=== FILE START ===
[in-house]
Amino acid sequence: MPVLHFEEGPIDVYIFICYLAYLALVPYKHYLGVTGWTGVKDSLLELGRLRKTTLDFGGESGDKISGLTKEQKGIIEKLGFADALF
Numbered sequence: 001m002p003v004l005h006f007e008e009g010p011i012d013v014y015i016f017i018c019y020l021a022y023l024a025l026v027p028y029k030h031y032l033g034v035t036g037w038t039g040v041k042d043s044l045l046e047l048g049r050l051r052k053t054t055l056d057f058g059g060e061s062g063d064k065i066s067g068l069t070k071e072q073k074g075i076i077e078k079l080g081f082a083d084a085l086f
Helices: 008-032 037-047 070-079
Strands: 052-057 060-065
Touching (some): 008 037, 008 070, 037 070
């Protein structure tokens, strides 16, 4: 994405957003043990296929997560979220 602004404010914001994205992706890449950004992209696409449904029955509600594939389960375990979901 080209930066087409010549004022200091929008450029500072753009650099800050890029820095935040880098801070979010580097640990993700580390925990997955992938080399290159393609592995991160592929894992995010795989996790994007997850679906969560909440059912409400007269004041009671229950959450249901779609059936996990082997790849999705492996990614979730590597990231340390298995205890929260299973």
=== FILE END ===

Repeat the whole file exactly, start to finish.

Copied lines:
[in-house]
Amino acid sequence: MPVLHFEEGPIDVYIFICYLAYLALVPYKHYLGVTGWTGVKDSLLELGRLRKTTLDFGGESGDKISGLTKEQKGIIEKLGFADALF
Numbered sequence: 001m002p003v004l005h006f007e008e009g010p011i012d013v014y015i016f017i018c019y020l021a022y023l024a025l026v027p028y029k030h031y032l033g034v035t036g037w038t039g040v041k042d043s044l045l046e047l048g049r050l051r052k053t054t055l056d057f058g059g060e061s062g063d064k065i066s067g068l069t070k071e072q073k074g075i076i077e078k079l080g081f082a083d084a085l086f
Helices: 008-032 037-047 070-079
Strands: 052-057 060-065
Touching (some): 008 037, 008 070, 037 070
């Protein structure tokens, strides 16, 4: 994405957003043990296929997560979220 602004404010914001994205992706890449950004992209696409449904029955509600594939389960375990979901 080209930066087409010549004022200091929008450029500072753009650099800050890029820095935040880098801070979010580097640990993700580390925990997955992938080399290159393609592995991160592929894992995010795989996790994007997850679906969560909440059912409400007269004041009671229950959450249901779609059936996990082997790849999705492996990614979730590597990231340390298995205890929260299973």